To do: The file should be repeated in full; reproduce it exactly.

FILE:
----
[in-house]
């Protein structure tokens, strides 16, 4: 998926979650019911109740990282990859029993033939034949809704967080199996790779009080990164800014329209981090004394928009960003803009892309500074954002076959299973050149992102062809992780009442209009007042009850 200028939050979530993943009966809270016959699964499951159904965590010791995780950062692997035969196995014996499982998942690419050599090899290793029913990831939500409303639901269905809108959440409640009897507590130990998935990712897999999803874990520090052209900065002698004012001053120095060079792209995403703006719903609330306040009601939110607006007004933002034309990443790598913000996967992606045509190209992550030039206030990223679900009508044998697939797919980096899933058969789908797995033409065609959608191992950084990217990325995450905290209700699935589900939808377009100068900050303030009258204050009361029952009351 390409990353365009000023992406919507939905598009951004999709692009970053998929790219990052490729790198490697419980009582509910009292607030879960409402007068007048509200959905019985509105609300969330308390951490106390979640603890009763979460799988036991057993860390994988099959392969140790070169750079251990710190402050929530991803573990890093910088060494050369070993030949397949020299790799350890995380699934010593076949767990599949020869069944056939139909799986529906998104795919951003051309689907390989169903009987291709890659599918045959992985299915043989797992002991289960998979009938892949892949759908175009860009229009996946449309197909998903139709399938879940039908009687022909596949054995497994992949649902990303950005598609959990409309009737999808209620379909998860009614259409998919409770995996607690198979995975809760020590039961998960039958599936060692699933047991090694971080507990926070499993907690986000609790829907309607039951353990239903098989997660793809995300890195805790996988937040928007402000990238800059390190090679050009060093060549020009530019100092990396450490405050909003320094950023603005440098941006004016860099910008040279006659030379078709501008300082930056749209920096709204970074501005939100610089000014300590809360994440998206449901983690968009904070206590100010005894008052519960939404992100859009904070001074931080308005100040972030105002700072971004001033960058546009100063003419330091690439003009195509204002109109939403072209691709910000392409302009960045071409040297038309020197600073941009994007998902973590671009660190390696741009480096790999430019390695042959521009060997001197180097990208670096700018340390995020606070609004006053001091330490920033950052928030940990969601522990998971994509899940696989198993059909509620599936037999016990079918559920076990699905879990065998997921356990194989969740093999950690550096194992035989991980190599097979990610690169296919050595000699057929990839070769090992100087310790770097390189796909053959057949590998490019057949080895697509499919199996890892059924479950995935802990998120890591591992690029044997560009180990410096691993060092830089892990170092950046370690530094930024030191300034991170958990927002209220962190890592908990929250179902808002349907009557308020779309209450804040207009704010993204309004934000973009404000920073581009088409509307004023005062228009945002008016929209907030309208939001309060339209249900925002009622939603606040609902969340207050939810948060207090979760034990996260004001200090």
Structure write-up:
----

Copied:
[in-house]
């Protein structure tokens, strides 16, 4: 998926979650019911109740990282990859029993033939034949809704967080199996790779009080990164800014329209981090004394928009960003803009892309500074954002076959299973050149992102062809992780009442209009007042009850 200028939050979530993943009966809270016959699964499951159904965590010791995780950062692997035969196995014996499982998942690419050599090899290793029913990831939500409303639901269905809108959440409640009897507590130990998935990712897999999803874990520090052209900065002698004012001053120095060079792209995403703006719903609330306040009601939110607006007004933002034309990443790598913000996967992606045509190209992550030039206030990223679900009508044998697939797919980096899933058969789908797995033409065609959608191992950084990217990325995450905290209700699935589900939808377009100068900050303030009258204050009361029952009351 390409990353365009000023992406919507939905598009951004999709692009970053998929790219990052490729790198490697419980009582509910009292607030879960409402007068007048509200959905019985509105609300969330308390951490106390979640603890009763979460799988036991057993860390994988099959392969140790070169750079251990710190402050929530991803573990890093910088060494050369070993030949397949020299790799350890995380699934010593076949767990599949020869069944056939139909799986529906998104795919951003051309689907390989169903009987291709890659599918045959992985299915043989797992002991289960998979009938892949892949759908175009860009229009996946449309197909998903139709399938879940039908009687022909596949054995497994992949649902990303950005598609959990409309009737999808209620379909998860009614259409998919409770995996607690198979995975809760020590039961998960039958599936060692699933047991090694971080507990926070499993907690986000609790829907309607039951353990239903098989997660793809995300890195805790996988937040928007402000990238800059390190090679050009060093060549020009530019100092990396450490405050909003320094950023603005440098941006004016860099910008040279006659030379078709501008300082930056749209920096709204970074501005939100610089000014300590809360994440998206449901983690968009904070206590100010005894008052519960939404992100859009904070001074931080308005100040972030105002700072971004001033960058546009100063003419330091690439003009195509204002109109939403072209691709910000392409302009960045071409040297038309020197600073941009994007998902973590671009660190390696741009480096790999430019390695042959521009060997001197180097990208670096700018340390995020606070609004006053001091330490920033950052928030940990969601522990998971994509899940696989198993059909509620599936037999016990079918559920076990699905879990065998997921356990194989969740093999950690550096194992035989991980190599097979990610690169296919050595000699057929990839070769090992100087310790770097390189796909053959057949590998490019057949080895697509499919199996890892059924479950995935802990998120890591591992690029044997560009180990410096691993060092830089892990170092950046370690530094930024030191300034991170958990927002209220962190890592908990929250179902808002349907009557308020779309209450804040207009704010993204309004934000973009404000920073581009088409509307004023005062228009945002008016929209907030309208939001309060339209249900925002009622939603606040609902969340207050939810948060207090979760034990996260004001200090």
Structure write-up: